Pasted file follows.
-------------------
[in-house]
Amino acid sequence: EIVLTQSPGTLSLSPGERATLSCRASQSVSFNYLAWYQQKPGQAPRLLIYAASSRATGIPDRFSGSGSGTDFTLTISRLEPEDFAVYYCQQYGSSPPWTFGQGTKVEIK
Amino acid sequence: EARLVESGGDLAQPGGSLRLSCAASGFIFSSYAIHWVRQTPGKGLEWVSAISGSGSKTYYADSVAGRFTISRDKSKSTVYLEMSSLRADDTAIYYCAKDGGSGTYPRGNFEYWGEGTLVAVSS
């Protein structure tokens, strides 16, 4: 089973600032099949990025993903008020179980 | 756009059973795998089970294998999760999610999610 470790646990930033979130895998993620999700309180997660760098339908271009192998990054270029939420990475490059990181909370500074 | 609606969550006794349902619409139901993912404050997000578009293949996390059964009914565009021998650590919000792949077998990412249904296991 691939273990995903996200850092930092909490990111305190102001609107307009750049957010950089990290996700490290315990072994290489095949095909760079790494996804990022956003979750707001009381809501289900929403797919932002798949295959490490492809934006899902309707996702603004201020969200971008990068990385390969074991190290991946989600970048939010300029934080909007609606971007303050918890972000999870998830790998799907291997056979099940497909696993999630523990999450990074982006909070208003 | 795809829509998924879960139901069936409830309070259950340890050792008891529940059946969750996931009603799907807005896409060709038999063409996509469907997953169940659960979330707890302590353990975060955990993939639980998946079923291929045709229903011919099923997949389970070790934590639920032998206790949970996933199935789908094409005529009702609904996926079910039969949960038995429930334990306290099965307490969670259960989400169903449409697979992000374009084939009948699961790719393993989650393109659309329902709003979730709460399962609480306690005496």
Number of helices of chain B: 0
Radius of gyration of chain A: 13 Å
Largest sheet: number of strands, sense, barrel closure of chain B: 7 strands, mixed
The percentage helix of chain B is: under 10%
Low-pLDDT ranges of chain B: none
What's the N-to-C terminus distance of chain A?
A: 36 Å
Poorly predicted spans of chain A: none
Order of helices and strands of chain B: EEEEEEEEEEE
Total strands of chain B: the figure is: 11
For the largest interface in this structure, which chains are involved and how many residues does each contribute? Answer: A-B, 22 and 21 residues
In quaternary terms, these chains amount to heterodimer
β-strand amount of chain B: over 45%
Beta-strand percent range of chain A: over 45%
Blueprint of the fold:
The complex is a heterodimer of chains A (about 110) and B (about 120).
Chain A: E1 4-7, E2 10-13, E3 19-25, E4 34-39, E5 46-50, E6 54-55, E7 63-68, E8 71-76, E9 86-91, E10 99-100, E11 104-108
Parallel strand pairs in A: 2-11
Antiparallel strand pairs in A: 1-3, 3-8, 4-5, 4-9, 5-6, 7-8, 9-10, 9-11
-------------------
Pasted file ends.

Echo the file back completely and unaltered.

[in-house]
Amino acid sequence: EIVLTQSPGTLSLSPGERATLSCRASQSVSFNYLAWYQQKPGQAPRLLIYAASSRATGIPDRFSGSGSGTDFTLTISRLEPEDFAVYYCQQYGSSPPWTFGQGTKVEIK
Amino acid sequence: EARLVESGGDLAQPGGSLRLSCAASGFIFSSYAIHWVRQTPGKGLEWVSAISGSGSKTYYADSVAGRFTISRDKSKSTVYLEMSSLRADDTAIYYCAKDGGSGTYPRGNFEYWGEGTLVAVSS
């Protein structure tokens, strides 16, 4: 089973600032099949990025993903008020179980 | 756009059973795998089970294998999760999610999610 470790646990930033979130895998993620999700309180997660760098339908271009192998990054270029939420990475490059990181909370500074 | 609606969550006794349902619409139901993912404050997000578009293949996390059964009914565009021998650590919000792949077998990412249904296991 691939273990995903996200850092930092909490990111305190102001609107307009750049957010950089990290996700490290315990072994290489095949095909760079790494996804990022956003979750707001009381809501289900929403797919932002798949295959490490492809934006899902309707996702603004201020969200971008990068990385390969074991190290991946989600970048939010300029934080909007609606971007303050918890972000999870998830790998799907291997056979099940497909696993999630523990999450990074982006909070208003 | 795809829509998924879960139901069936409830309070259950340890050792008891529940059946969750996931009603799907807005896409060709038999063409996509469907997953169940659960979330707890302590353990975060955990993939639980998946079923291929045709229903011919099923997949389970070790934590639920032998206790949970996933199935789908094409005529009702609904996926079910039969949960038995429930334990306290099965307490969670259960989400169903449409697979992000374009084939009948699961790719393993989650393109659309329902709003979730709460399962609480306690005496």
Number of helices of chain B: 0
Radius of gyration of chain A: 13 Å
Largest sheet: number of strands, sense, barrel closure of chain B: 7 strands, mixed
The percentage helix of chain B is: under 10%
Low-pLDDT ranges of chain B: none
What's the N-to-C terminus distance of chain A?
A: 36 Å
Poorly predicted spans of chain A: none
Order of helices and strands of chain B: EEEEEEEEEEE
Total strands of chain B: the figure is: 11
For the largest interface in this structure, which chains are involved and how many residues does each contribute? Answer: A-B, 22 and 21 residues
In quaternary terms, these chains amount to heterodimer
β-strand amount of chain B: over 45%
Beta-strand percent range of chain A: over 45%
Blueprint of the fold:
The complex is a heterodimer of chains A (about 110) and B (about 120).
Chain A: E1 4-7, E2 10-13, E3 19-25, E4 34-39, E5 46-50, E6 54-55, E7 63-68, E8 71-76, E9 86-91, E10 99-100, E11 104-108
Parallel strand pairs in A: 2-11
Antiparallel strand pairs in A: 1-3, 3-8, 4-5, 4-9, 5-6, 7-8, 9-10, 9-11